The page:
A Great Wall: On Border Controls, Immigration, and National Survival
A Great Wall: On Border Controls, Immigration, and National Survival by James Wesley Rawles – Survival Blog
I have generally side-stepped the issue of immigration in SurvivalBlog, from the outset. Back in 2006, I explained why. But recent events have pushed this issue to the forefront of the national debate. At this juncture, I’d like to make my position clear, even at the risk of perturbing some of my readers. I can now see that immigration is not just a political issue or a policy issue. Rather, it is a matter of national survival.
Even before Donald J. Trump (DJT) was seated as U.S. president, there was huge disagreement on his planned immigration and border security policies. There are deep differences in the world views of American liberals and conservatives. Liberals tend to favor open borders and almost unlimited immigration. In contrast, conservatives favor secure borders and quite limited immigration. The failing of most liberals is that they don’t look at the illegal immigration problem from a multi-generational viewpoint, and they fail to see the full implications of the macro scale changes to our demographics.
To fully understand this complex issue, it is apropos to step back and look at the historical context of our nation’s immigration policies, starting in the 18th century.
Immigration In and Before the 1700s
Before our War of Independence, Britain’s colonies in North America were settled by northern Europeans who were predominantly Christian. Most of them were English-speaking. And those that didn’t speak English soon learned the common tongue. Most immigrants shared a common set of ethics and a quite similar moral framework. There were a few statistical outliers, but nearly all of them soon assimilated and adopted the American way of life.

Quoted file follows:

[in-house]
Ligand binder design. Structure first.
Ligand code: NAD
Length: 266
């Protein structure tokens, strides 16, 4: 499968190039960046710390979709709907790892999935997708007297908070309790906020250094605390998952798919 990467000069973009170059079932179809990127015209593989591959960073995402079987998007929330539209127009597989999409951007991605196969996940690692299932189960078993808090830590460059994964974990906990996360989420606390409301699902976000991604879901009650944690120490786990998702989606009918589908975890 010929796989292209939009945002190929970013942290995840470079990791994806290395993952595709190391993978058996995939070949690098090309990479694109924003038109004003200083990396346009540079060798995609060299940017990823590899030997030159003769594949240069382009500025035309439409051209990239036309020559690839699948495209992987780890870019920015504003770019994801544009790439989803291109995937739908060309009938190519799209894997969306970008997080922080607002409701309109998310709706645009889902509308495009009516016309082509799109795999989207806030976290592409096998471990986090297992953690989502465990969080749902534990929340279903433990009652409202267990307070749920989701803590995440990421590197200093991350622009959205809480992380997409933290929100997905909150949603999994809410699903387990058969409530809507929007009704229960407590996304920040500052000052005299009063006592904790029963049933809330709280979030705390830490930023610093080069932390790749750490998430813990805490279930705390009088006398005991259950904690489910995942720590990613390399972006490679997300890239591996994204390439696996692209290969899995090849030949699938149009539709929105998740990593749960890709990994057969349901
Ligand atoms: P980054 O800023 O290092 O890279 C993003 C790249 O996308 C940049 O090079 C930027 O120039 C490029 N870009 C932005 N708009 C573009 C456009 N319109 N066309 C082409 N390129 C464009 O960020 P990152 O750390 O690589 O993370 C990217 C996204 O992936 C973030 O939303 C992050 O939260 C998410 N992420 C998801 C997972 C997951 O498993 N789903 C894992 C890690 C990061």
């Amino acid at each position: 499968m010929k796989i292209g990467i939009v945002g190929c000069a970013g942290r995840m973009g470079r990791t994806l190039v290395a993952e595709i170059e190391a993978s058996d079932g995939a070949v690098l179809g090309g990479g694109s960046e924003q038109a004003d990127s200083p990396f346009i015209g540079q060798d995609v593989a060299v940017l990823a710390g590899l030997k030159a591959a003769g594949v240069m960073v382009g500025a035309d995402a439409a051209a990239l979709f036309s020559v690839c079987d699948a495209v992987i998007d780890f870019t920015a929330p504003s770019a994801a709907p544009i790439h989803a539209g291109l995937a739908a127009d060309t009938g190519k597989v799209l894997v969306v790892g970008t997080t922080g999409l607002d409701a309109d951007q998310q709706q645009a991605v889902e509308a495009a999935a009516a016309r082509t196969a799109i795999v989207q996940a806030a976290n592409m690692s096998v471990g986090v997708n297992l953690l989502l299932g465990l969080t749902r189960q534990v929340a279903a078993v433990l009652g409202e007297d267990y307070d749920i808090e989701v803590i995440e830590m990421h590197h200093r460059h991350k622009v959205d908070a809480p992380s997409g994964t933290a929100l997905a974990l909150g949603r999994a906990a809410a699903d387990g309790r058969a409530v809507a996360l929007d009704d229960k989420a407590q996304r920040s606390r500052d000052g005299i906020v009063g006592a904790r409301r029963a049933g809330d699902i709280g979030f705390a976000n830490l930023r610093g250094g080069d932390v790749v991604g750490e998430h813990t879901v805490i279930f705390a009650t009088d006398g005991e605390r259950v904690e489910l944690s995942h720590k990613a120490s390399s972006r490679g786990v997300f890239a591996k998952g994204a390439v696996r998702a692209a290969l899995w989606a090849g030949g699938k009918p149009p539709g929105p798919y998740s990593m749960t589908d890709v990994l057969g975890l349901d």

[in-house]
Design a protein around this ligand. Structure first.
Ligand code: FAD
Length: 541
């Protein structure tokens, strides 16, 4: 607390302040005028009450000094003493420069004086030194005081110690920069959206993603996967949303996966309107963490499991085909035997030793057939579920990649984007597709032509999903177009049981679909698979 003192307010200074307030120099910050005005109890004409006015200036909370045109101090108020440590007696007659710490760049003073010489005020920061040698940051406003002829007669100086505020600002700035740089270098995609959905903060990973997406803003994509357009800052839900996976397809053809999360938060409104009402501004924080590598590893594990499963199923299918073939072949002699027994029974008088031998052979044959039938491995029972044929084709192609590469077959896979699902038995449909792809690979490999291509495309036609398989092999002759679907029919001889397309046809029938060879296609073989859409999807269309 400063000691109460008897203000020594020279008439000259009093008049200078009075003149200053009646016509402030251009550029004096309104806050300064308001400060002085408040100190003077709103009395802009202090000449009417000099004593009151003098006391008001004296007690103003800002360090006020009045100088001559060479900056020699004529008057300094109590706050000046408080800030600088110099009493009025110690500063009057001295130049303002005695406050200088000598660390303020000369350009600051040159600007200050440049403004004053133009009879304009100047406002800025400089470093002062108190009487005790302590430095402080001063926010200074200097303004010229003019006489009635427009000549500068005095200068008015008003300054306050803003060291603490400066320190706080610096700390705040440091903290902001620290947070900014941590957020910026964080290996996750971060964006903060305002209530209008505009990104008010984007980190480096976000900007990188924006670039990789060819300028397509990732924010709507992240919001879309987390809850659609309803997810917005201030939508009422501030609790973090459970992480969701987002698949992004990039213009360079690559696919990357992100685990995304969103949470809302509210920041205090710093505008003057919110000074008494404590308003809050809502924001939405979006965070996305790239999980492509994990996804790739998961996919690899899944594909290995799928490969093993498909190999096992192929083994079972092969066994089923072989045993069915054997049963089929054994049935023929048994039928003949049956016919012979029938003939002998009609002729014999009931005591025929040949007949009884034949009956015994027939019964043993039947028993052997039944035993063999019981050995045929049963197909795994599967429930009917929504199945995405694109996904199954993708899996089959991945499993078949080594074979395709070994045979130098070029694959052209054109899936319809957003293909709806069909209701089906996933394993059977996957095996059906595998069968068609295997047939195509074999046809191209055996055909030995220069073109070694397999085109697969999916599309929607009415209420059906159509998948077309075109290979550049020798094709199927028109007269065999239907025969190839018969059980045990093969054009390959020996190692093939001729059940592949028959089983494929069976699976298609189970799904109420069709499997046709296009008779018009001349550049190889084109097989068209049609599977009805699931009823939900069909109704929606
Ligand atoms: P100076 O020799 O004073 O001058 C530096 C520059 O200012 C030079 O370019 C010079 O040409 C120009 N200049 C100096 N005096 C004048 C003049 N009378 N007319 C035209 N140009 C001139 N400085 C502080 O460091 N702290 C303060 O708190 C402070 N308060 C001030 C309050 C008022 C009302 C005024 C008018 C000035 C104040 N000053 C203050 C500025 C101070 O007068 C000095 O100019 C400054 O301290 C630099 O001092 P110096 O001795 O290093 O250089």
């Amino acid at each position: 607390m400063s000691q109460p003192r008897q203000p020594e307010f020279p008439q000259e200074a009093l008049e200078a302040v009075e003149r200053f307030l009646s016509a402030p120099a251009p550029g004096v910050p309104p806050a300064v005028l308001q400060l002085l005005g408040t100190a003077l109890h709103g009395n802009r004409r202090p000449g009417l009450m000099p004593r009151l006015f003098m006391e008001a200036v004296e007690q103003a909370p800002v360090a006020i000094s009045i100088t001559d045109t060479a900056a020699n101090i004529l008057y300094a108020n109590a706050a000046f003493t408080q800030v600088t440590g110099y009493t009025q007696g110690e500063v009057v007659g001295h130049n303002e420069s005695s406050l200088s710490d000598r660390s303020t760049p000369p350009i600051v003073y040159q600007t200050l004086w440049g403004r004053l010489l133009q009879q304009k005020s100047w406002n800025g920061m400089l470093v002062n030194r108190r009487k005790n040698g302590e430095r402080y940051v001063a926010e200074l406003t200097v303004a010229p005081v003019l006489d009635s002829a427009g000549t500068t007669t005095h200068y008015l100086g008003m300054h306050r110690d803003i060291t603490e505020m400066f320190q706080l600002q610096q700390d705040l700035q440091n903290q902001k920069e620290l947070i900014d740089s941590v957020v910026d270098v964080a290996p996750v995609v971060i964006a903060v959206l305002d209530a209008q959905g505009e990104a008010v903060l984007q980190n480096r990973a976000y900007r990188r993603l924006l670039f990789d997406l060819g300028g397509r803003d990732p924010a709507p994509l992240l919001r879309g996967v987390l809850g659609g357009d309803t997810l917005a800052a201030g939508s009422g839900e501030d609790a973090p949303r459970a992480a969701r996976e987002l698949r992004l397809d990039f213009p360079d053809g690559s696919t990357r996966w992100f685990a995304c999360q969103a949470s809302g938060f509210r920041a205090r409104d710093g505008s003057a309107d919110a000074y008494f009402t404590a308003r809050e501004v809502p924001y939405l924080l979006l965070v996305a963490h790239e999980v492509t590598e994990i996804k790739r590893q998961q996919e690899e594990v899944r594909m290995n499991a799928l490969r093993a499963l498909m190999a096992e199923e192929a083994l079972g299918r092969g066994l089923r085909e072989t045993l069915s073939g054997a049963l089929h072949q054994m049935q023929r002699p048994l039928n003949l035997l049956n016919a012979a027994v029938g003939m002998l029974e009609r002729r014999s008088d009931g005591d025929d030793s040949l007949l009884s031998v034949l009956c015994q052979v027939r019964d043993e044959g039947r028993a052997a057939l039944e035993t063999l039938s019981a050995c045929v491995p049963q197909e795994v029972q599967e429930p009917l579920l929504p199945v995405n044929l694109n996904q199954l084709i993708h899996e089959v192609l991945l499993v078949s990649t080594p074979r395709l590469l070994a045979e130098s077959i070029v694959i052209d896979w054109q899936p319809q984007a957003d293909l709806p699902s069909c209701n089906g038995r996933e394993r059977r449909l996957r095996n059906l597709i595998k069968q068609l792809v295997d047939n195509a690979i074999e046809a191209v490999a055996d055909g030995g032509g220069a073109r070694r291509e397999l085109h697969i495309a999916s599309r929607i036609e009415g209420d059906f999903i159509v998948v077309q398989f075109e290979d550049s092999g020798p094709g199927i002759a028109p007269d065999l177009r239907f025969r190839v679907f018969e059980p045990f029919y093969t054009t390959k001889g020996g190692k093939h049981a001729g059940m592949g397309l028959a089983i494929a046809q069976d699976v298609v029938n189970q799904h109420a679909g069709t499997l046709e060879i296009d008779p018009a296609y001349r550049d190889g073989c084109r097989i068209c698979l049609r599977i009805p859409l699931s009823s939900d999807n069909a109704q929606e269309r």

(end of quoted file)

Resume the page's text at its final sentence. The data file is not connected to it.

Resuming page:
Immigration in the 1800s
In the following century, there were several successive waves of immigration. Many of these created large demographic shifts. One of the biggest was the wave of Irish immigration, which came amidst Ireland’s devastating Potato Famine. Each of these 19th century immigrant waves had their particular difficulties with assimilation. But again because most of them had a Christian worldview, they eventually fit in. Even the advent of Chinese immigrants–most of whom were distinctly non-Christian–succeeded in assimilation.
In the first and even second generation, many 19th century immigrant groups started newspapers published in their native languages. But most of these publications were not intended to be divisive or clannish. They were in fact transitional tools. By the second or third generation, most of the non-English newspapers faded into obscurity. The children and grand-children of immigrants simply had little or no interest in maintaining the language and culture of “The Old Country.” They were fully absorbed into the peaceable American culture.
Immigration in the 1900s
By the early 1900s, the waves of immigration were larger than ever but still manageable. Full cultural assimilation was still the norm, and the Judeo-Christian ethic was still common ground for the vast majority of immigrants. Starting in the 1920s, Congress began slowing immigration, particularly from southern Europe and Asia. Thankfully, by the time of the enormous economic dislocation of the Great Depression, immigration had slowed to a trickle.
The World War II Aberrations
Then, for a period of three years during World War II, fearing domestic terrorism, the Franklin Delano Roosevelt (FDR) Administration took the unprecedented step of ordering the internment of 110,000 Japanese Americans, by Executive Order. This included even second generation (“neisei“) Japanese Americans who were native-born citizens! Similar measures were taken by Canadian authorities. Before Executive Order 9066 could get a full test of its constitutionality in the courts, the internment had already ended.
Japanese internment remains a black mark on American governance and jurisprudence. Belated redress payments letters of apology were finally issued by the U.S. government in the 1990s, under an order signed by President Reagan, and implemented under the first Bush Administration. It could safely be said that the Japanese internment was racist, because the corresponding program created to intern German and Italian immigrants was small, by comparison. (Just 31,000 Germans and Italians, nearly all of whom were foreign passport-holders.)